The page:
SKA ‘time machine’ will be able to detect formation of first stars, galaxies  

The Square Kilometre Array, which is depicted through an artist's impression, will begin construction in 2020.

The world’s largest radio telescope, known as the Square Kilometre Array (SKA) and situated over two continents, will be able to detect the first stars and galaxies emerging from the ‘murk’ at the beginning of the universe and much more besides, according to Professor Phil Diamond, Director General of SKA. He spoke to Horizon at … Read more

Electric ferries and joined-up shipping to turn sea travel green

Digital communication between ships could help optimise shipping routes and reduce fuel consumption.

Electric ferries and digital communication between ships could help in the quest to decarbonise maritime transport, a sector which is often perceived as being the green option but could still do much to lower its environmental footprint. The global shipping industry currently emits around 1000 million tonnes of CO2 into the atmosphere each year, but according to … Read more

Scientists explore underwater frontiers with submersible tablet computers

Technology for underwater use could change the way professional divers and researchers work.

A team of experienced science divers has created the world’s first submersible touchscreen for a tablet computer, whose applications are already helping marine scientists, law enforcement, explorers and other professionals toil beneath the waves and could usher in a new era of underwater ICT. It’s part of a new wave of subsea technology, which also … Read more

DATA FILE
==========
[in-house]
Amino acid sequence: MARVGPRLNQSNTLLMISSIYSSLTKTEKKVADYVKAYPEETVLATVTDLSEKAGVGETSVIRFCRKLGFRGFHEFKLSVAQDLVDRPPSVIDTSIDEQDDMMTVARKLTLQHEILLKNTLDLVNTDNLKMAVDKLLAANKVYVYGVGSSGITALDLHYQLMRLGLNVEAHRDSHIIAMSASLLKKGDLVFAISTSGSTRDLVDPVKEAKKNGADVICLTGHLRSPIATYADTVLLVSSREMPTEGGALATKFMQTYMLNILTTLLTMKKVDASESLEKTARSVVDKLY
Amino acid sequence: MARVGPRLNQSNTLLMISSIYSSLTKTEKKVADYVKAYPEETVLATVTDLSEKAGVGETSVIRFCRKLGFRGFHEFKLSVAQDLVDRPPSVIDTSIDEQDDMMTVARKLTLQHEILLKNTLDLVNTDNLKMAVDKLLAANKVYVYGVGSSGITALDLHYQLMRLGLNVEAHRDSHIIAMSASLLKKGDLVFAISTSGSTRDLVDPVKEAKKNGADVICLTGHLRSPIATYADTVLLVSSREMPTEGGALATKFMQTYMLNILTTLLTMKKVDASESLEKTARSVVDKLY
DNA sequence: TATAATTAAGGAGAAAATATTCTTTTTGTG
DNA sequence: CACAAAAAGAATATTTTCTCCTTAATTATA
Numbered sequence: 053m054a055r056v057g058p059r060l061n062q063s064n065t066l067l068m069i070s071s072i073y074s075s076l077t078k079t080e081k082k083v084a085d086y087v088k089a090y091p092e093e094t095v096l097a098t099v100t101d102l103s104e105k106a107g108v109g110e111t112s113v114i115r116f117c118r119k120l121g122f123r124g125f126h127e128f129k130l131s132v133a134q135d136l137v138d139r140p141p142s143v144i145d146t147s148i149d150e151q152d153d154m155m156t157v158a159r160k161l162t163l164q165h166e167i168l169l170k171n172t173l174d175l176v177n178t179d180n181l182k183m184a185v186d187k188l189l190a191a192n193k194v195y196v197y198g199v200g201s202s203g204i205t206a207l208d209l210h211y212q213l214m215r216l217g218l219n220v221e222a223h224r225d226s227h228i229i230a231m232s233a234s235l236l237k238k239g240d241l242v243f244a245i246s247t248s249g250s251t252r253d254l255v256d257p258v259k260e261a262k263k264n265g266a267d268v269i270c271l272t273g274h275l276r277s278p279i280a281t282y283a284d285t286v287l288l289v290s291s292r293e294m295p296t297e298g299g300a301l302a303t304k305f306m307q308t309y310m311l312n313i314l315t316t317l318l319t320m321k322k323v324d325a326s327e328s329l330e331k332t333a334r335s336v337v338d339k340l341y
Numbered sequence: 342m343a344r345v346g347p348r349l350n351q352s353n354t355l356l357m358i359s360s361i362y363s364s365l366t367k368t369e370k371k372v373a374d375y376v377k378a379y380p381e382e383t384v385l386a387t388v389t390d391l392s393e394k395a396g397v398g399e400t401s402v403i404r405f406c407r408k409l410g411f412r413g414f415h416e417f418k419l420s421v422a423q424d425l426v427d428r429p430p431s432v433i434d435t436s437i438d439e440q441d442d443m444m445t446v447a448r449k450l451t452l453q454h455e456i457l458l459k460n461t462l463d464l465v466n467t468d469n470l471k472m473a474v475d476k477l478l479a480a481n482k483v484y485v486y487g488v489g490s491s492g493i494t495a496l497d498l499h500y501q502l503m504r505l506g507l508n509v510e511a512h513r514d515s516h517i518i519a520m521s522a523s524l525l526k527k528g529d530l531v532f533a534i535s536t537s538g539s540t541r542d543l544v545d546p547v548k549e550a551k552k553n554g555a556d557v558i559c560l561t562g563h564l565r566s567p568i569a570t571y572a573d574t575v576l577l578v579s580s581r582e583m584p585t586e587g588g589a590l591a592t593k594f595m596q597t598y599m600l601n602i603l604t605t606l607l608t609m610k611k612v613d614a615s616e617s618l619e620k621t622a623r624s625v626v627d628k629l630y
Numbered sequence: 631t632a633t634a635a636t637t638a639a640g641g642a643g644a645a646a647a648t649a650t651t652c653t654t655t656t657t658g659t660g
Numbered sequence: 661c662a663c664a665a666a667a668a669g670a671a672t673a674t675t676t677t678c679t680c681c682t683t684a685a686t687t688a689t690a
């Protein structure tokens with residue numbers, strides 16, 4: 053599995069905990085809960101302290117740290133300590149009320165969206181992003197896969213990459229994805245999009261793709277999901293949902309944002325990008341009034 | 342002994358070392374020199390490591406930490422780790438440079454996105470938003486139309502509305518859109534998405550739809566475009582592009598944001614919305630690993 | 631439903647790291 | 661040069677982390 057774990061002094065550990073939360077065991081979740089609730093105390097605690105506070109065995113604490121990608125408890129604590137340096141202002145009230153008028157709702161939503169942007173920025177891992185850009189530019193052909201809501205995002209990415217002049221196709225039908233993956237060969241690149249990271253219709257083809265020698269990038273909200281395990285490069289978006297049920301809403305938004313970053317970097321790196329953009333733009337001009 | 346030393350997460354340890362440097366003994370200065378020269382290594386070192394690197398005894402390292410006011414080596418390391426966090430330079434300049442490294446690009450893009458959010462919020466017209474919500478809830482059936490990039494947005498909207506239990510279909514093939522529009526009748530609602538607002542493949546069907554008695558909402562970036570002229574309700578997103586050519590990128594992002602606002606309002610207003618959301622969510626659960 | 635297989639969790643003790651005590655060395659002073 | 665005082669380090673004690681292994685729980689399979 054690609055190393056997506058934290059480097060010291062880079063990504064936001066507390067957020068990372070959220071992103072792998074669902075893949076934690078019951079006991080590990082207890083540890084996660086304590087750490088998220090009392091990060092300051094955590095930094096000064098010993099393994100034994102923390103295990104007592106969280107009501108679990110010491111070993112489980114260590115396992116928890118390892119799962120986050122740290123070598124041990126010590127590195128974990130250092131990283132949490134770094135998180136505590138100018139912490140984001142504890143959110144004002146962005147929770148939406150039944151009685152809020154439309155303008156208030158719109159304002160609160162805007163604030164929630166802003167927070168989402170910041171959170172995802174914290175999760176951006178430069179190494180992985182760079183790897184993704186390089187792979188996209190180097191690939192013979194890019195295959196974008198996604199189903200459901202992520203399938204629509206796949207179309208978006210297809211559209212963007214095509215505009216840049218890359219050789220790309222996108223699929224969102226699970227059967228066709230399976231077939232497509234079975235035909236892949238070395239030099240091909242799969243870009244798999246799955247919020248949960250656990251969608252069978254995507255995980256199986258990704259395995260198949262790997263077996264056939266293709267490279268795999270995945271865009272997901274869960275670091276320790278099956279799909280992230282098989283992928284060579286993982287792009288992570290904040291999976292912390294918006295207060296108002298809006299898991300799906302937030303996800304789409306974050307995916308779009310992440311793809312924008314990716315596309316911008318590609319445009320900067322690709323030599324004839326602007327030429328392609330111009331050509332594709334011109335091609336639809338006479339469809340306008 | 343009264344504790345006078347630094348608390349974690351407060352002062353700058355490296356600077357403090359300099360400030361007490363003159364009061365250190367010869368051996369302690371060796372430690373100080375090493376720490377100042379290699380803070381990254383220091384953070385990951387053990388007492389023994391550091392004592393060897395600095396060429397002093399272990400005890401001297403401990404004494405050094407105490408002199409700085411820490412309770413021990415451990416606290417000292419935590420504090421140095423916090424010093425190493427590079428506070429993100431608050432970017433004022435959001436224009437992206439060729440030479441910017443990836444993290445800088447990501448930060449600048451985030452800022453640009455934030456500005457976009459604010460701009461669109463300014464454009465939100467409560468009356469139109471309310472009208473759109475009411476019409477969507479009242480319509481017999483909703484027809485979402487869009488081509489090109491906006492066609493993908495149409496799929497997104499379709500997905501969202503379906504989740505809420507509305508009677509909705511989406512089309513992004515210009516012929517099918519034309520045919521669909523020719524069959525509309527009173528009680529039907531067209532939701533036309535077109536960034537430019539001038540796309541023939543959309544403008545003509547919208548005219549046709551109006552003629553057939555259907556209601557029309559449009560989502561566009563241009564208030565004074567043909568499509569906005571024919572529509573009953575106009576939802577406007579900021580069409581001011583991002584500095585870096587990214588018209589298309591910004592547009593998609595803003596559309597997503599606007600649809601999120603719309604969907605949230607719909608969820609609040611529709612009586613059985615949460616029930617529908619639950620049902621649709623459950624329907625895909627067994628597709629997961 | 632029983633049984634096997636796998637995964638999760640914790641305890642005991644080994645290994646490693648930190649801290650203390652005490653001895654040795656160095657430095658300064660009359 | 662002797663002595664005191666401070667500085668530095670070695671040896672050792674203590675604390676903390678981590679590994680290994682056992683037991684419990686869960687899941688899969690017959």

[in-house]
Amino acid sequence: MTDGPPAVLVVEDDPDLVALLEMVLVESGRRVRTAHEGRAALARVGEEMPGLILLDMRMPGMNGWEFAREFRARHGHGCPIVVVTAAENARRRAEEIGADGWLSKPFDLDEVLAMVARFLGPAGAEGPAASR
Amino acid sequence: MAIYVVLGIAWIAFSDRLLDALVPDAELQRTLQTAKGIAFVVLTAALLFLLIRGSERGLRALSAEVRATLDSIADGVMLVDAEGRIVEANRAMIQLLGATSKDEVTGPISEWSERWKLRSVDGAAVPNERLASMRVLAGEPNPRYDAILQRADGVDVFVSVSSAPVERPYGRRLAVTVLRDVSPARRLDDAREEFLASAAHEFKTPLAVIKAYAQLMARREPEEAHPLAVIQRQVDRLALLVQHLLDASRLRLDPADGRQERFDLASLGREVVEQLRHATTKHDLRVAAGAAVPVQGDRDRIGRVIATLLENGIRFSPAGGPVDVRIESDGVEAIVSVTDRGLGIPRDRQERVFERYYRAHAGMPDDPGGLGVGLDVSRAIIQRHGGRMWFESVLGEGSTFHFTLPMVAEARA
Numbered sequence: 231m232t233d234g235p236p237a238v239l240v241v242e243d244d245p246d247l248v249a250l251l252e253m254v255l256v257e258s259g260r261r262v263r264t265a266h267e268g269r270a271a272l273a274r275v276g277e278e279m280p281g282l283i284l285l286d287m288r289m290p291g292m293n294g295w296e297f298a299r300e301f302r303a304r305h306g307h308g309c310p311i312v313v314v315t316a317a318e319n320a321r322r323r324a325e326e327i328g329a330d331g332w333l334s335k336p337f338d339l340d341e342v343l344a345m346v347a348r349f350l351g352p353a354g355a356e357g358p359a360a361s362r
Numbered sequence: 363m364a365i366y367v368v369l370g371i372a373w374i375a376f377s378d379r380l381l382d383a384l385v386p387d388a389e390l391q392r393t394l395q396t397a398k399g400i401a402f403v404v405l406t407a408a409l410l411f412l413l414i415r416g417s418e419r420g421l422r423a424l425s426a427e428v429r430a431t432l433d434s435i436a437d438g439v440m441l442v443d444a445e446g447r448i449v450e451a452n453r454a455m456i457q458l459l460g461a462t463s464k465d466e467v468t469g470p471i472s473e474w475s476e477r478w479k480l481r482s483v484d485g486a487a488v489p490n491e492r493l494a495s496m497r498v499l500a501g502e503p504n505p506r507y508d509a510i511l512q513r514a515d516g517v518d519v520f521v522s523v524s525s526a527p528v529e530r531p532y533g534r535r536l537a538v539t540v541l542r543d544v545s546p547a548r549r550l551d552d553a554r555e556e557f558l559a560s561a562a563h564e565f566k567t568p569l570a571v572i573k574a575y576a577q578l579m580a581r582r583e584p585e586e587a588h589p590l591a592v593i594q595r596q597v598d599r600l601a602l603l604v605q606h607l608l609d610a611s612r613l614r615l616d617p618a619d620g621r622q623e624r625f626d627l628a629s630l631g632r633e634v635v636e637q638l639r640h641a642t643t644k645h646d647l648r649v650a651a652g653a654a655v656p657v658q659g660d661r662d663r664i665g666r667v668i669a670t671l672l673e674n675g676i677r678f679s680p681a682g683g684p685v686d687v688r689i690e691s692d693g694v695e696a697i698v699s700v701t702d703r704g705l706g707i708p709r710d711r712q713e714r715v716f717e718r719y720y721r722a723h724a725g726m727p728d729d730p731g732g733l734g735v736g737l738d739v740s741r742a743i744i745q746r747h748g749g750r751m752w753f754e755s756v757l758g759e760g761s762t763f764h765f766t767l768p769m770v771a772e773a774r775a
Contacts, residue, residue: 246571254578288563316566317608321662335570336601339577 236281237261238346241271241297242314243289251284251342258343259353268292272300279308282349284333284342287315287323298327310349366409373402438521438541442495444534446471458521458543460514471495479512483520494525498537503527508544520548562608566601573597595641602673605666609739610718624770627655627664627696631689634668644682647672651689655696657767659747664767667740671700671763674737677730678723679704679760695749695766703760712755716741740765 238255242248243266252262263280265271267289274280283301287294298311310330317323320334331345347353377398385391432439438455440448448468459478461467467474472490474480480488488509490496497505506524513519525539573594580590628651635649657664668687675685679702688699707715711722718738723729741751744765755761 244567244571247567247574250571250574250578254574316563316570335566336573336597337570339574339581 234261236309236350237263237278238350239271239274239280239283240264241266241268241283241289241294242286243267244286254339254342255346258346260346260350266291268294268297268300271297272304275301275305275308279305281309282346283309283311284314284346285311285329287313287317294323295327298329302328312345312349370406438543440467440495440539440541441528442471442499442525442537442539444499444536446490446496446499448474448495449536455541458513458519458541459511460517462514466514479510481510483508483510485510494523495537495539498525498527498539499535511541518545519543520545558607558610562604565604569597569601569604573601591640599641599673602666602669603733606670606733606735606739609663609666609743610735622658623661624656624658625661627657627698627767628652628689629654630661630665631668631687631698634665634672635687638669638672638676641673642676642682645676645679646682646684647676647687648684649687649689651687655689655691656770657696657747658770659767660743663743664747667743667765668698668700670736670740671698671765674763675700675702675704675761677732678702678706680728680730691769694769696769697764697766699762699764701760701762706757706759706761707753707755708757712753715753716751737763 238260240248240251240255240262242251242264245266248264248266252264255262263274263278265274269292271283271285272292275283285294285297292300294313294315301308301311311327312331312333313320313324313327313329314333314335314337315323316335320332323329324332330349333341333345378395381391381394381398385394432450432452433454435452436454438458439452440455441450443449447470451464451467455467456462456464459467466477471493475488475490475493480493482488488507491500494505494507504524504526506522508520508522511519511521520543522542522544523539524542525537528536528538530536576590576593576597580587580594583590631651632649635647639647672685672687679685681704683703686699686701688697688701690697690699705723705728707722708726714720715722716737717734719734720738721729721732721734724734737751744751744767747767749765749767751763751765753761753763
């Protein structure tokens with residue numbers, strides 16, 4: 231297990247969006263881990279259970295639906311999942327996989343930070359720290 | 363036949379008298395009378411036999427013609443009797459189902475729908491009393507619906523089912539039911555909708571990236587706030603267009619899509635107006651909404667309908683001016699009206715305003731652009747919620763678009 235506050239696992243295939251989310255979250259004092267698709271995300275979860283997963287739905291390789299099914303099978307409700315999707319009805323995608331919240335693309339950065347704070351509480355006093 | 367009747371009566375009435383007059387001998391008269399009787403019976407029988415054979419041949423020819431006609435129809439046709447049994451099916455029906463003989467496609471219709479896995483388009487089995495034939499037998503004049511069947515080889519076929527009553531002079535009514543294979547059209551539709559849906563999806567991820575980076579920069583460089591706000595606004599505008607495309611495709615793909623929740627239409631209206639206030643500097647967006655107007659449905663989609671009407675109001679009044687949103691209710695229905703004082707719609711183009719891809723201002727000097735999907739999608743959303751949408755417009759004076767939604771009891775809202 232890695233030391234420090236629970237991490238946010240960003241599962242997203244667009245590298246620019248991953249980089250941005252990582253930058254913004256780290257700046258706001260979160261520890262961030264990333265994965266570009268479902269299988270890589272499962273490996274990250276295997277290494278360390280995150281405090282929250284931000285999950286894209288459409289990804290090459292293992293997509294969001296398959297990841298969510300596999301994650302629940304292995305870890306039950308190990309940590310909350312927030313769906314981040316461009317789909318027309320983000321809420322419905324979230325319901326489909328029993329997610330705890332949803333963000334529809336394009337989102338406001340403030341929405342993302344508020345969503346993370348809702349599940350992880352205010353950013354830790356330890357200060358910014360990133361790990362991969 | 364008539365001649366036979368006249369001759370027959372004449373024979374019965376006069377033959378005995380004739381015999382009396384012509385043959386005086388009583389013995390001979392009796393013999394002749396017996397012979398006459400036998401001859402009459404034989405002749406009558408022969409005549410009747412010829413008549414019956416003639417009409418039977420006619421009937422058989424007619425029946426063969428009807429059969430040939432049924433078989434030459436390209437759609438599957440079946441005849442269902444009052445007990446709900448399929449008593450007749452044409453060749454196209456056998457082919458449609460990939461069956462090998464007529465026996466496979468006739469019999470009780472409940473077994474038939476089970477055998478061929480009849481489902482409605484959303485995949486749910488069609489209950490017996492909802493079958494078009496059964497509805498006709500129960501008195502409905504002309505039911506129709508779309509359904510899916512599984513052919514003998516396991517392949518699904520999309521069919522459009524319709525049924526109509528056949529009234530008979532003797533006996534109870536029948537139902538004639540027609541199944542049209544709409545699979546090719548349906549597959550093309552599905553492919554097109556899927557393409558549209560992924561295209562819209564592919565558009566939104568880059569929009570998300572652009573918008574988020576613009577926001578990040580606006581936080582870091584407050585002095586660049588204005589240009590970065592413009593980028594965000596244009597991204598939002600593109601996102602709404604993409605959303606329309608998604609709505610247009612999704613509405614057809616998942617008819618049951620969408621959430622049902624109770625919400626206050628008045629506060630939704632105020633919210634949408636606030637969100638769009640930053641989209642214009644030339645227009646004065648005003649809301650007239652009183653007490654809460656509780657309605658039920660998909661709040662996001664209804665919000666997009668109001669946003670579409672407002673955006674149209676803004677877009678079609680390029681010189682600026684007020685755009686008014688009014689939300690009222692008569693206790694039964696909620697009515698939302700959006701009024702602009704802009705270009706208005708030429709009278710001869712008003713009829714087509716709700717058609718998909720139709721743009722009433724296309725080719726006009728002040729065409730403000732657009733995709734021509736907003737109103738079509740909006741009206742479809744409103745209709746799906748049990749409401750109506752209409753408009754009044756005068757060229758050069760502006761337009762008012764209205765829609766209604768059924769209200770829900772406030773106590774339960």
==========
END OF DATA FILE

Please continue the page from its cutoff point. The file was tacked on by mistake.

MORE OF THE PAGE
Buzz feed – bringing renewables to the power grid

As the ways we obtain energy change power grids need to evolve to keep up with the new demands.

Renewable energy is on the rise in Europe as the economy develops away from the use of fossil fuels such as coal and oil, but an ageing electricity grid is struggling to keep up with the rapid pace of developments. Originally designed to obtain and distribute energy from a few large sources, Europe’s power grid … Read more

Lab-grown tissues to improve reliability of safety tests for drugs, chemicals

This human liver organoid gives researchers hope that animal-based studies about drug safety will be a method of the past one day.

by Natalie Grover Testing the safety of medicines and chemicals on organ-like structures developed from various types of stem cells could reduce the reliance on animal testing and streamline chemical and drug development, according to scientists in the Netherlands who are in the early stages of developing such technology.  Tissues such as the intestine and … Read more

Europe must sea food in a new way thanks to warming waters

Aquaculture and fish farms must adapt to the changing sea conditions of climate change.

Aquaculture, or fish farming, is one of the world’s fastest growing food sectors, providing about half of all the fish we eat. As it stands, climate change is altering our ocean’s environment, causing the seawater to become warmer and impacting the marine  ecosystems profoundly. How will these changes affect marine species, consumers and industries that rely … Read more